The Feline Café in Hintonburg has just opened for the day. Owner Josée Cyr, sits down for a coffee and a chat. To her left is a window where all the rescue cats are playing with the volunteers of the morning. The sound of a Nora Jones soundtrack fills the café with a tranquil melody.
Though the coffee shop has only been open for a short while this morning, already a steady flow of regulars has come in to enjoy this unique experience.
Though she is now the owner of the Feline Café in Hintonburg, it wasn’t always what Cyr, 26, had in mind for herself. But thanks to her stubbornness and perseverance to never settle for something she was not passionate about, she has created her dream job.
When it came time to pick a postsecondary school program, her parents thought her future lied in fashion due to her love for crafts and design. There was talk of her moving from Sudbury, Ont. to a bigger city such as Toronto or Ottawa in order to pursue an education in fashion.
She ended up closer to her home, studying business at Laurentian University in Sudbury.
“Studying business is really nice because you get all the background story, all the guts of how a business works, and how all the subjects like marketing and accounting all come together. That was just really fascinating to me,” said Cyr.
However, questions were raised about what she was going to do after graduation. Cyr never had a clear idea of what she wanted to be in the future, even as a child.
Like many of students at Algonquin, Cyr struggled to figure out what her next steps were going to be after school.
“I feel like I struggled because I knew I didn’t want a typical job. When you’re growing up your options are to work in a bank or you work as a nurse or you do all these cookie cutter things that we have in our heads when we’re kids, and I didn’t like any of them.”
She believed that the perfect job for her didn’t exist. So, she turned to travelling in Thailand, a few years after she graduated, to gain some perspective on her future.
With experience in retail, restaurants and corporate companies, she knew she would never be happy working in a position she was not passionate about. Then she turned her focus to the things she enjoyed in life.
Cyr explains that ever since she was a little girl, she adored animals. Cyr’s mother, Lynne, recalled the time her daughter first started to use the internet. Cyr was in Grade 7 and had been watching animal cruelty videos, resulting in her decision to start cutting animal products out of her life.
As Cyr grew older, she found a passion for trying new types of vegan dishes with her sister, Stephanie, when they moved to Ottawa together, right after university.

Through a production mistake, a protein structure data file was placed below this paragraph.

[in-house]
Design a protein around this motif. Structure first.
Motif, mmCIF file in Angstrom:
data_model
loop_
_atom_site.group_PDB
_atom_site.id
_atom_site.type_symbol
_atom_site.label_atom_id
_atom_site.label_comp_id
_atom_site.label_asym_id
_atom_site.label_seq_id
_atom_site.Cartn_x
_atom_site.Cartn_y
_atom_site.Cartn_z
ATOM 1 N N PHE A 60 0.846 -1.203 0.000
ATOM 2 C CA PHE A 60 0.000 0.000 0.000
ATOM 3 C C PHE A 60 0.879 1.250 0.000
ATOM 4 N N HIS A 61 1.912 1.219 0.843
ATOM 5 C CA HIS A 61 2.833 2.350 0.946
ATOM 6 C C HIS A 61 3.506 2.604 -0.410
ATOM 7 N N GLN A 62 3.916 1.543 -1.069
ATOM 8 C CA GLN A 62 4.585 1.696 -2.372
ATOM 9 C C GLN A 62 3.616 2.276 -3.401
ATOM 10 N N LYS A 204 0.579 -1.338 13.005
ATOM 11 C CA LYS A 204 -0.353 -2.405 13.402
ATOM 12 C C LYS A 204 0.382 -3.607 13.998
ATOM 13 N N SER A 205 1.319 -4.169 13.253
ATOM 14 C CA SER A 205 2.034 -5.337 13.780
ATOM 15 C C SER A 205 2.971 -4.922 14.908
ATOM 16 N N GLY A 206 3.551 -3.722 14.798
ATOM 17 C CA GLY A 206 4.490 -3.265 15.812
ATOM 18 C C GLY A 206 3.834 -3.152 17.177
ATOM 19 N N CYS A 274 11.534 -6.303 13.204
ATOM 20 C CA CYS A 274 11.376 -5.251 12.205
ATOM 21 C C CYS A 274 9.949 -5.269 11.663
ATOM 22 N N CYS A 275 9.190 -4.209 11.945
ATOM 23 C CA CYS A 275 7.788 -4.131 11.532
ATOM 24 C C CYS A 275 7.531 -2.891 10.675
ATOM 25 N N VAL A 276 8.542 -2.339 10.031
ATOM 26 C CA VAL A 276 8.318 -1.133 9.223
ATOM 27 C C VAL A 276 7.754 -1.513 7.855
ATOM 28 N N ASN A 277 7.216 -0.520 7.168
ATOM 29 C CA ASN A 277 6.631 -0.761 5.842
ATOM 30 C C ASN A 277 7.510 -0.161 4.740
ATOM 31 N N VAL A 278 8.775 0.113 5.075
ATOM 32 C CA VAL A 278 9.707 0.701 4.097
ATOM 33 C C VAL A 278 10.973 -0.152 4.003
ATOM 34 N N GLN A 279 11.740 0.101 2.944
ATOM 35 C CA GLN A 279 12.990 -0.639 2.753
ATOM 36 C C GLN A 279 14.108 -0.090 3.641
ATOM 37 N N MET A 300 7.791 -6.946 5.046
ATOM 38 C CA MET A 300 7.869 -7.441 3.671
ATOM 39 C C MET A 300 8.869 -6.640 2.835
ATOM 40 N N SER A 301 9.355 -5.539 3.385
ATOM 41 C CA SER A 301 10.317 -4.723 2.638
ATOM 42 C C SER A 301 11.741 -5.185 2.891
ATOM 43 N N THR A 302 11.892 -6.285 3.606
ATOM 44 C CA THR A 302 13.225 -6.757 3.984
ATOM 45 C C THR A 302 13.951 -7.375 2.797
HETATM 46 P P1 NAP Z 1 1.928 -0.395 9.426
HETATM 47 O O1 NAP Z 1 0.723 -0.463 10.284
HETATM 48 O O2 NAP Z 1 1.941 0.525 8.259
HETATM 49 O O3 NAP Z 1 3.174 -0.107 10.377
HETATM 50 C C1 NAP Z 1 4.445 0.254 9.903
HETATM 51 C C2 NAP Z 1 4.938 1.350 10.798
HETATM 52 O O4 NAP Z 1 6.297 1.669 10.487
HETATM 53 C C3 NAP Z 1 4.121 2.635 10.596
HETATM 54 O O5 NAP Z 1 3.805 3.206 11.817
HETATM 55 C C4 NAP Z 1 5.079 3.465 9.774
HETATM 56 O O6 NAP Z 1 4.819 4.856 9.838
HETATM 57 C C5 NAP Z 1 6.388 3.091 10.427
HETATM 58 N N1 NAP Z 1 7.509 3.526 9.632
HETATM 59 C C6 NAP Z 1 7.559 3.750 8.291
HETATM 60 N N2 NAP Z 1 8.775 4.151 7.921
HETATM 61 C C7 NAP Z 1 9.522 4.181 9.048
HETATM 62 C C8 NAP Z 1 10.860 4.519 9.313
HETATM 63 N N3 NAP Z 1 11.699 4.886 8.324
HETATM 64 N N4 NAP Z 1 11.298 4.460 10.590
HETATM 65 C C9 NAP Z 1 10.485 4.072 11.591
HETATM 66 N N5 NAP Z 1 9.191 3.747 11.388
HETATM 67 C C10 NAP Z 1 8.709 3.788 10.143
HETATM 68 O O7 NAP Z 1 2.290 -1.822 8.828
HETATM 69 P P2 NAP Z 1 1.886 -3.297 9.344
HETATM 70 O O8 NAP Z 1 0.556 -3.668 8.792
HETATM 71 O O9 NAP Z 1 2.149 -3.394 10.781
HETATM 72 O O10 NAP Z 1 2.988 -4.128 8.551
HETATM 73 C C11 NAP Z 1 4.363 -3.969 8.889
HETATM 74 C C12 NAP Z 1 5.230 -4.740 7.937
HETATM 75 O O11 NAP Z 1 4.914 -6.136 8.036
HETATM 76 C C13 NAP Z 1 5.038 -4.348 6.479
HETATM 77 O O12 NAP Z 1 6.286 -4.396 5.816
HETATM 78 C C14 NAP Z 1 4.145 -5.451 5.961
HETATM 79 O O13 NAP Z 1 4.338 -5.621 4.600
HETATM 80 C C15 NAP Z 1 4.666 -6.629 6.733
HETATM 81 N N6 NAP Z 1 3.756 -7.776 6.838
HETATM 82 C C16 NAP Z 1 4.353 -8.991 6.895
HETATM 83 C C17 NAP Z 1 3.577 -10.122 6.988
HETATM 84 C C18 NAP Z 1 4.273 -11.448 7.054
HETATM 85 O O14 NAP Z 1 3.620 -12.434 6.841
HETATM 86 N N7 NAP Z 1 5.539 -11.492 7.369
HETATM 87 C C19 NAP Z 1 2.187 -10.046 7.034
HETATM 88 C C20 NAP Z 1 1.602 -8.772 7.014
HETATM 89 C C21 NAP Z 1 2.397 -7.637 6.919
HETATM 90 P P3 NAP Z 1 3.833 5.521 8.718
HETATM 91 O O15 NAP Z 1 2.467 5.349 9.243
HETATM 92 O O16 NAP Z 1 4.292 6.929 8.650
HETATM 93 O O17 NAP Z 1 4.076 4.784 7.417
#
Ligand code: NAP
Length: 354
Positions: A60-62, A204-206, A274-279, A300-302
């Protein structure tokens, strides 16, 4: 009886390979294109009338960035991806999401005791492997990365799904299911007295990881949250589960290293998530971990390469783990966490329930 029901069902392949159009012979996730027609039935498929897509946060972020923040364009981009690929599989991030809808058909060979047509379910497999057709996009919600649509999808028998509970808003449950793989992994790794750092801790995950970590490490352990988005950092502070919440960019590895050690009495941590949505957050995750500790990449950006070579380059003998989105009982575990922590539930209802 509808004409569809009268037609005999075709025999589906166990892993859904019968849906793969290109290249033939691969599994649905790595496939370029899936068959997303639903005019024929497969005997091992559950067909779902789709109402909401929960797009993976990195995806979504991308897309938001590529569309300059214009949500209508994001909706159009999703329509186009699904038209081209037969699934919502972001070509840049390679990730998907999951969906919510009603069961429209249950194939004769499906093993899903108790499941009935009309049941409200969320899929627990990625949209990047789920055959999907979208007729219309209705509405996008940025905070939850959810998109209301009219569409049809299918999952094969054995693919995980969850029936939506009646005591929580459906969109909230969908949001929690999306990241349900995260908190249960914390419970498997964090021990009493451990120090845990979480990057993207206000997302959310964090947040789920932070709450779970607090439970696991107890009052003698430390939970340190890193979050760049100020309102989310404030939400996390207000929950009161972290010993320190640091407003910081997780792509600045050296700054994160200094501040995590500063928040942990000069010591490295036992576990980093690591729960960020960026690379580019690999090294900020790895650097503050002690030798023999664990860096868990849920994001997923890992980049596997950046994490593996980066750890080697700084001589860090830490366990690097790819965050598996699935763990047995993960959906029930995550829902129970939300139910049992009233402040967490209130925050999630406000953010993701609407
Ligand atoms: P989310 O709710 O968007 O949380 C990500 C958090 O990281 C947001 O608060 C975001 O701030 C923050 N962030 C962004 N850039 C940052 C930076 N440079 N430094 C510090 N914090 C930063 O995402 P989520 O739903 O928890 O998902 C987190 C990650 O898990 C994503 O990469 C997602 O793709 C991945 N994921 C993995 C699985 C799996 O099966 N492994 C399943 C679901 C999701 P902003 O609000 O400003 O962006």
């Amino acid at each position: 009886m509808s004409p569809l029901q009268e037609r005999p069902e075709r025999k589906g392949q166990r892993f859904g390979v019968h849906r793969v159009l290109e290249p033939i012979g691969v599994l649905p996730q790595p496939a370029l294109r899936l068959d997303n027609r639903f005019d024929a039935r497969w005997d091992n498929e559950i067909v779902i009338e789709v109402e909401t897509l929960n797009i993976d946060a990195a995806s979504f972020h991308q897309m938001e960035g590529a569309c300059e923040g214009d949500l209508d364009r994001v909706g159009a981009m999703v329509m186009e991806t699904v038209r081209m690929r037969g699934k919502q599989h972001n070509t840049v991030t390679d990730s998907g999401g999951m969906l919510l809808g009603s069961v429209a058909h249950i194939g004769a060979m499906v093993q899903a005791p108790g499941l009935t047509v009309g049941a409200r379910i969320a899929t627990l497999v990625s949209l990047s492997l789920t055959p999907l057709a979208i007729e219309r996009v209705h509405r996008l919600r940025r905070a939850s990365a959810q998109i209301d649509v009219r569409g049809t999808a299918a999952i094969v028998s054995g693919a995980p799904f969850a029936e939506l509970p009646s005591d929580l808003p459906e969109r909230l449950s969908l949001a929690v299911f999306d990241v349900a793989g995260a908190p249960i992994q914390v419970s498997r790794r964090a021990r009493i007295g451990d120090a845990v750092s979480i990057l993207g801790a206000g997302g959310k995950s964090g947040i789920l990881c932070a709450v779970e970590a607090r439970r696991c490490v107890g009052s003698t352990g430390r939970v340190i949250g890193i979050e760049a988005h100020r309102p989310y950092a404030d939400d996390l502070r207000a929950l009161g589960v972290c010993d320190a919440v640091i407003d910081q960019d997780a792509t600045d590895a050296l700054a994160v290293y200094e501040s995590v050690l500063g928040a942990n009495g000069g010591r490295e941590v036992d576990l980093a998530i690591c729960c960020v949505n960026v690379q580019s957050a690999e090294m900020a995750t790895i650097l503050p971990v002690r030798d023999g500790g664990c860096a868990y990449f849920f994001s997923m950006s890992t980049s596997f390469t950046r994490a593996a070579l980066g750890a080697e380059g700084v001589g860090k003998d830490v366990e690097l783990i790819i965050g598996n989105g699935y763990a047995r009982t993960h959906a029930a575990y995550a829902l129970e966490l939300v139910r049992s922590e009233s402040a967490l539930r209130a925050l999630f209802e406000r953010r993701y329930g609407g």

Cyr also had a passion for crafts in her youth. She had sewn cushions with cat and dog patterns on them to be sold to raise money for the local SPCA.
She also designed clothing for her dolls and even designed her dress for the prom, according to her father, Denis. A natural businesswoman, she often took pleasure in trying to sell the items she made by hand.
After reflecting on her passions in life, she thought about combining her love for animals, food, coffee, and business to create her perfect career.
She had been to other cat cafés and loosely considered starting her own, but it was through the lessons she learned while travelling that she decided to get serious about starting this new business endeavour.
Cyr loved living in Ottawa so that was where she wanted to set up her business. Enter Ottawa’s first vegan cat café.
Starting up the café was easier said than done. Since it was such a new concept, it wasn’t fully understood and accepted by people.
Even her parents were apprehensive about the idea.
“As a parent you always hope for the best,” said Denis. He admits that he anticipated the failure of his daughter’s business before it would even open. But, she persisted enough to figure it out on her own.
One of the hardest and most frustrating parts was getting permits from the city.
She reached out to the owners of other cat cafés for help on solving the problems that arose. Specifically, the owner of Kingston’s South Paw Cat Café, Scott, acted as a mentor to Cyr in dealing with the issues she was facing with her business.
It was her initiative and stubbornness to find the solutions to problems that made opening day possible.
With over a hundred adoptions to date, Cyr has entered new business endeavours which include yoga with cats sessions, workshops, and merchandise sold in store.
Cyr’s advice to anyone passionate about starting their own business or developing a new idea is realizing the importance of taking action and finding the solutions to problems that arise.
“Be stubborn,” said Cyr.